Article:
Changes to Legal Notice 72, Avoidance of Damage to Third Party Property, and the Ministerial Statement made in Parliament earlier this week, raise more questions than they give answers, stated Prof. Alex Torpiano, Dean of the Faculty for the Built Environment at University.
Sharing his views in an opinion piece published in The Malta Business Observer newspaper, Prof. Torpiano, a past president of the Maltese Chamber of Architects, wrote “the impact on the day after the publication is clearly one of confusion, with a crippled BRO, and demolition and excavation works which can be observed proceeding uninterrupted, ignoring completely the new legal requirements.”
“The Legal Notice fails to make a distinction between the Civil Code responsibility for structural integrity of the completed building, that both perit and contractor carry, (currently for a period 15 years), and the responsibilities during construction – which, in theory, is what this particular Legal Notice proposes to addressing,” he added.
Prof. Torpiano stated that the role of what is now to be called Site Technical Officer, (previously, the Site Manager), is not clear, other than to enforce the method statement prepared by the project architect.
“The Legal Notice insists that the role of Site Technical Officer has to be undertaken by a perit – implying that he has to be capable of understanding technical instructions – and, presumably, of diligently following such instructions, but without interpreting them, or changing them, even if he, as a professional person, feels that such change is warranted,” he wrote.
“This is bound to create confusion on relative roles and responsibilities on site. Furthermore, the Minister added to the confusion because, whilst the Legal Notice insists that such “enforcement” has to be carried out by a perit, the Minister stated that in future this could be done by other professions, including, it seems, mechanical or electrical engineers. It is not clear why the latter professionals are deemed to be capable of “enforcing” method statements, more than, for example, site foremen, with years of experience.”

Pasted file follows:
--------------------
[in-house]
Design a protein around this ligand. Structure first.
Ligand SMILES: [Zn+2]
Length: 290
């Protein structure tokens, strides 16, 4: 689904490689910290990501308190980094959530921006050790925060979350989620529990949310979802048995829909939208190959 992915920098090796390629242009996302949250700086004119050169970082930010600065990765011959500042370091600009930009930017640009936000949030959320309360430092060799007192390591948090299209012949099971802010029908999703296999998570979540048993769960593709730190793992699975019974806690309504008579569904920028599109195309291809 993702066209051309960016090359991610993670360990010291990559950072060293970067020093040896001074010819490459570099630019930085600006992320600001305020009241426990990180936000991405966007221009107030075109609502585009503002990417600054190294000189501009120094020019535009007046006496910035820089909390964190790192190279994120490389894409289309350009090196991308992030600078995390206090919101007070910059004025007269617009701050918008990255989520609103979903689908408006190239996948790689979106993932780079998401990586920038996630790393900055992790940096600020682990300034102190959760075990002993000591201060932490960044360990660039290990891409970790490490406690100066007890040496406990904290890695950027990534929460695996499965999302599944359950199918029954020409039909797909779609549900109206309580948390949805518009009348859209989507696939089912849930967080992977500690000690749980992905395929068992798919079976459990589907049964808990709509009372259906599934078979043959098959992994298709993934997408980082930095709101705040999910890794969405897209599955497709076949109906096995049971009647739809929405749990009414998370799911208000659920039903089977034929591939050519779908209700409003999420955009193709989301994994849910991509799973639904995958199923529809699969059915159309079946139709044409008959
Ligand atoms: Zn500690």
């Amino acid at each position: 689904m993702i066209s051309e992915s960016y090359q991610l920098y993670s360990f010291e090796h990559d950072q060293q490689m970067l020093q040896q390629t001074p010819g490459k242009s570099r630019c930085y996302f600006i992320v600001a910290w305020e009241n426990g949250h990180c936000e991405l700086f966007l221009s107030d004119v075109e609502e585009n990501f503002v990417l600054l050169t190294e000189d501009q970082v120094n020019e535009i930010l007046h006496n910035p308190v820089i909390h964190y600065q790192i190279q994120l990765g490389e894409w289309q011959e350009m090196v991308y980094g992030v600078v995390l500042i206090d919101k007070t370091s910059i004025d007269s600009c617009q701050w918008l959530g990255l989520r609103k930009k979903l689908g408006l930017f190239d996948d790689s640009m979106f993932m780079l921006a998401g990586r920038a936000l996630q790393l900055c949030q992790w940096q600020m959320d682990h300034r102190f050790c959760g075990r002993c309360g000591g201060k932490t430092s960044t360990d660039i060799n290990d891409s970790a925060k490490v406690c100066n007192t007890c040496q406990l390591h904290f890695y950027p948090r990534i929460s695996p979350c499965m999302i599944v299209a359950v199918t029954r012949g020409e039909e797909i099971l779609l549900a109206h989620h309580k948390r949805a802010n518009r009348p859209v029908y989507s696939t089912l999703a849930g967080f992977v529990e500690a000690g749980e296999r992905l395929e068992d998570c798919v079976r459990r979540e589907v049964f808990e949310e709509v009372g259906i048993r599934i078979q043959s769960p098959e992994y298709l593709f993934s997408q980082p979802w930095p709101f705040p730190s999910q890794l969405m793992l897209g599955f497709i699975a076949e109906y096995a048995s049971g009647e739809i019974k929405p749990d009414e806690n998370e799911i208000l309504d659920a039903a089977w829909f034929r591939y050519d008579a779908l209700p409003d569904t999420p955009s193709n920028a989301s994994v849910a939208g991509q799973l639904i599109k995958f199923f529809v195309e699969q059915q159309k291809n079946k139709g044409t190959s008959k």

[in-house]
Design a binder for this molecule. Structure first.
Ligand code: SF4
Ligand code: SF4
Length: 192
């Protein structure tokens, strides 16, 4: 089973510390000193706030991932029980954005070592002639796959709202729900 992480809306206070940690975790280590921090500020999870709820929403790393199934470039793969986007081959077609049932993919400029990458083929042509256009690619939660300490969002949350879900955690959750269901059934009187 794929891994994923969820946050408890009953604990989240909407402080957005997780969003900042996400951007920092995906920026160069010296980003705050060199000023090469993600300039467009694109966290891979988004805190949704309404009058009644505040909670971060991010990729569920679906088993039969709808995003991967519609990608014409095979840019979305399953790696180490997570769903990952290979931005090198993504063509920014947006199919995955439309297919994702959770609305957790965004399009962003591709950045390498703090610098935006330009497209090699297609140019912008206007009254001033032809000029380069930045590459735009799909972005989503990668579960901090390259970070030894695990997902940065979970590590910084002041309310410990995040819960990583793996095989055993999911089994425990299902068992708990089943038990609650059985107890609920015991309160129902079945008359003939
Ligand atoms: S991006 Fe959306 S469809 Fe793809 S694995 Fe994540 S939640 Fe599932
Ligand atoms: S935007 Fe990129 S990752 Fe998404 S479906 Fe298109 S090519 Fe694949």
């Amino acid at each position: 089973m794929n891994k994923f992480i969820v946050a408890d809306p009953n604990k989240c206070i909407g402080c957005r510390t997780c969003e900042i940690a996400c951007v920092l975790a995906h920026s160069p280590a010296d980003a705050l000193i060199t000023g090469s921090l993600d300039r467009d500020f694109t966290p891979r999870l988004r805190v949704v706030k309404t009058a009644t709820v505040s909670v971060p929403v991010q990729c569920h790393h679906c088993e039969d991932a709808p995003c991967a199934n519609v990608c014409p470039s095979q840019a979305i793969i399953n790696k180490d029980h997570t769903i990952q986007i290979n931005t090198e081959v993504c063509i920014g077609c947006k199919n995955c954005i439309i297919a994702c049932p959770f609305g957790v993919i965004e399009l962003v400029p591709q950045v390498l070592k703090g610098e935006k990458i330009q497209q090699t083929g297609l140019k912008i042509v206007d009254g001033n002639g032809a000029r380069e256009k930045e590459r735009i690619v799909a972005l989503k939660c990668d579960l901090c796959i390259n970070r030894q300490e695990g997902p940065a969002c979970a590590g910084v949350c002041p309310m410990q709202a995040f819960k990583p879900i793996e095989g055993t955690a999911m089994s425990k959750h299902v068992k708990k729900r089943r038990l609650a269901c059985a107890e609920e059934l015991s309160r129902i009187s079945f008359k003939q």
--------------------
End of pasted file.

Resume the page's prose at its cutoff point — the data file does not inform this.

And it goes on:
Prof. Torpiano also highlighted that the Legal Notice does not make a distinction between different scales of project, or different scales of contractor set-up. “Whilst it is normal for major contractors to have their own site management personnel, which normally include senior and experienced periti, it will become very onerous for the smaller contractors – even the diligent ones, who are certainly capable of understanding the perit’s instructions – to engage a perit simply to relay to him the instructions of the project perit. In this sense, the Legal Notice seems to favour large established contractors and penalise the smaller ones. And at the same time, in the absence of a proper licensing system for contractors, which is based on expertise, experience and resources, there is no guidance for a prospective owner on which to base his choice.”
Given the proposed changes, Prof. Torpiano said that rather than having a positive effect on the construction industry, such as increased safety for third parties, “unfortunately, what I expect in the future is more confusion, recrimination, and liability court cases. We are already seeing confusion, as everybody is meant to conform to a Legal Notice which has not been thought through properly. The construction industry will continue to remain in a sad place, unless problems are tackled holistically.”